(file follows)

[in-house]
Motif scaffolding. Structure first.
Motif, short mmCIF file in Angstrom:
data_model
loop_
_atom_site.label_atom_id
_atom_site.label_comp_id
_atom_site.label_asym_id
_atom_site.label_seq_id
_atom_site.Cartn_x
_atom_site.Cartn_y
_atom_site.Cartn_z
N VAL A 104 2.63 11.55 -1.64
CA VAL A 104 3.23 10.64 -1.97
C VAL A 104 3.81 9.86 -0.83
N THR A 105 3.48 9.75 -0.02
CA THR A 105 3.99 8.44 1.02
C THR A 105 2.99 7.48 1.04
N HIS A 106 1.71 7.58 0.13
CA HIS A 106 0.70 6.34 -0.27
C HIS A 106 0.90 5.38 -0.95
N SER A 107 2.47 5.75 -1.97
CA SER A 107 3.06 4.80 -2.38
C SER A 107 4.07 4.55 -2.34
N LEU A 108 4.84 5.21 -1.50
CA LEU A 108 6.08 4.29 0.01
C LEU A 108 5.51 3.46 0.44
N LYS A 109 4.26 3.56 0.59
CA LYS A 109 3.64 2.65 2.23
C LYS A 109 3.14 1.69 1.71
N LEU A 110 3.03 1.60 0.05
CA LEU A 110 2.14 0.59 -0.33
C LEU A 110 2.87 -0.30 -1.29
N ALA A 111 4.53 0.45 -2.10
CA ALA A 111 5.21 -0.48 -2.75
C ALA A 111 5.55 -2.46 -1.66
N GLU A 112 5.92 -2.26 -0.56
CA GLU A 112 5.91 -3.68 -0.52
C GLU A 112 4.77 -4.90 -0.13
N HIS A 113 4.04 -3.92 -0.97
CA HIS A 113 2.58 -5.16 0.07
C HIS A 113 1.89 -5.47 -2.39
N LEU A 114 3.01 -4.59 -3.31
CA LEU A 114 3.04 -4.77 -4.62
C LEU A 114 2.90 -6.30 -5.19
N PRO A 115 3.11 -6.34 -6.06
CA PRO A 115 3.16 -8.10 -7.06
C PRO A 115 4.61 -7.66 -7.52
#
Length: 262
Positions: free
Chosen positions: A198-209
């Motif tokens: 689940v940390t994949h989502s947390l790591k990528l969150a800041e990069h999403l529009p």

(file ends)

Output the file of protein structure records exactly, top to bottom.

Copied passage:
[in-house]
Motif scaffolding. Structure first.
Motif, short mmCIF file in Angstrom:
data_model
loop_
_atom_site.label_atom_id
_atom_site.label_comp_id
_atom_site.label_asym_id
_atom_site.label_seq_id
_atom_site.Cartn_x
_atom_site.Cartn_y
_atom_site.Cartn_z
N VAL A 104 2.63 11.55 -1.64
CA VAL A 104 3.23 10.64 -1.97
C VAL A 104 3.81 9.86 -0.83
N THR A 105 3.48 9.75 -0.02
CA THR A 105 3.99 8.44 1.02
C THR A 105 2.99 7.48 1.04
N HIS A 106 1.71 7.58 0.13
CA HIS A 106 0.70 6.34 -0.27
C HIS A 106 0.90 5.38 -0.95
N SER A 107 2.47 5.75 -1.97
CA SER A 107 3.06 4.80 -2.38
C SER A 107 4.07 4.55 -2.34
N LEU A 108 4.84 5.21 -1.50
CA LEU A 108 6.08 4.29 0.01
C LEU A 108 5.51 3.46 0.44
N LYS A 109 4.26 3.56 0.59
CA LYS A 109 3.64 2.65 2.23
C LYS A 109 3.14 1.69 1.71
N LEU A 110 3.03 1.60 0.05
CA LEU A 110 2.14 0.59 -0.33
C LEU A 110 2.87 -0.30 -1.29
N ALA A 111 4.53 0.45 -2.10
CA ALA A 111 5.21 -0.48 -2.75
C ALA A 111 5.55 -2.46 -1.66
N GLU A 112 5.92 -2.26 -0.56
CA GLU A 112 5.91 -3.68 -0.52
C GLU A 112 4.77 -4.90 -0.13
N HIS A 113 4.04 -3.92 -0.97
CA HIS A 113 2.58 -5.16 0.07
C HIS A 113 1.89 -5.47 -2.39
N LEU A 114 3.01 -4.59 -3.31
CA LEU A 114 3.04 -4.77 -4.62
C LEU A 114 2.90 -6.30 -5.19
N PRO A 115 3.11 -6.34 -6.06
CA PRO A 115 3.16 -8.10 -7.06
C PRO A 115 4.61 -7.66 -7.52
#
Length: 262
Positions: free
Chosen positions: A198-209
């Motif tokens: 689940v940390t994949h989502s947390l790591k990528l969150a800041e990069h999403l529009p």